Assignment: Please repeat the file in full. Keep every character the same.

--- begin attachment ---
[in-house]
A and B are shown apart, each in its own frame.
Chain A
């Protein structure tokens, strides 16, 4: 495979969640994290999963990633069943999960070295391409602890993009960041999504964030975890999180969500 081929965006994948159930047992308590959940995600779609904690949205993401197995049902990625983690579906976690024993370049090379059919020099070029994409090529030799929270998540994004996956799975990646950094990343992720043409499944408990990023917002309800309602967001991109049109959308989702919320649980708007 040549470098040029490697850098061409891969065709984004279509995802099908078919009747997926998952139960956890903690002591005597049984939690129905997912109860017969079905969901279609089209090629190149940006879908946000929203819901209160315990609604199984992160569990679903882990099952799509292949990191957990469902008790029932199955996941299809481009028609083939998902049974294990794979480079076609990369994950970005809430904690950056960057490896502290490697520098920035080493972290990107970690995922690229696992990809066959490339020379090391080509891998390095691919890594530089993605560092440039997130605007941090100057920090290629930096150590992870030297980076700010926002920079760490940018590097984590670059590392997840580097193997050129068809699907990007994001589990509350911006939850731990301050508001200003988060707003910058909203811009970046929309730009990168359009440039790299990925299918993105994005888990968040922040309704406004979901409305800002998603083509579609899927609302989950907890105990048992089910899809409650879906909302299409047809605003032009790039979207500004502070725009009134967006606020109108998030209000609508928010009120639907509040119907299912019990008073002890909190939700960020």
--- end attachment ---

[in-house]
A and B are shown apart, each in its own frame.
Chain A
């Protein structure tokens, strides 16, 4: 495979969640994290999963990633069943999960070295391409602890993009960041999504964030975890999180969500 081929965006994948159930047992308590959940995600779609904690949205993401197995049902990625983690579906976690024993370049090379059919020099070029994409090529030799929270998540994004996956799975990646950094990343992720043409499944408990990023917002309800309602967001991109049109959308989702919320649980708007 040549470098040029490697850098061409891969065709984004279509995802099908078919009747997926998952139960956890903690002591005597049984939690129905997912109860017969079905969901279609089209090629190149940006879908946000929203819901209160315990609604199984992160569990679903882990099952799509292949990191957990469902008790029932199955996941299809481009028609083939998902049974294990794979480079076609990369994950970005809430904690950056960057490896502290490697520098920035080493972290990107970690995922690229696992990809066959490339020379090391080509891998390095691919890594530089993605560092440039997130605007941090100057920090290629930096150590992870030297980076700010926002920079760490940018590097984590670059590392997840580097193997050129068809699907990007994001589990509350911006939850731990301050508001200003988060707003910058909203811009970046929309730009990168359009440039790299990925299918993105994005888990968040922040309704406004979901409305800002998603083509579609899927609302989950907890105990048992089910899809409650879906909302299409047809605003032009790039979207500004502070725009009134967006606020109108998030209000609508928010009120639907509040119907299912019990008073002890909190939700960020």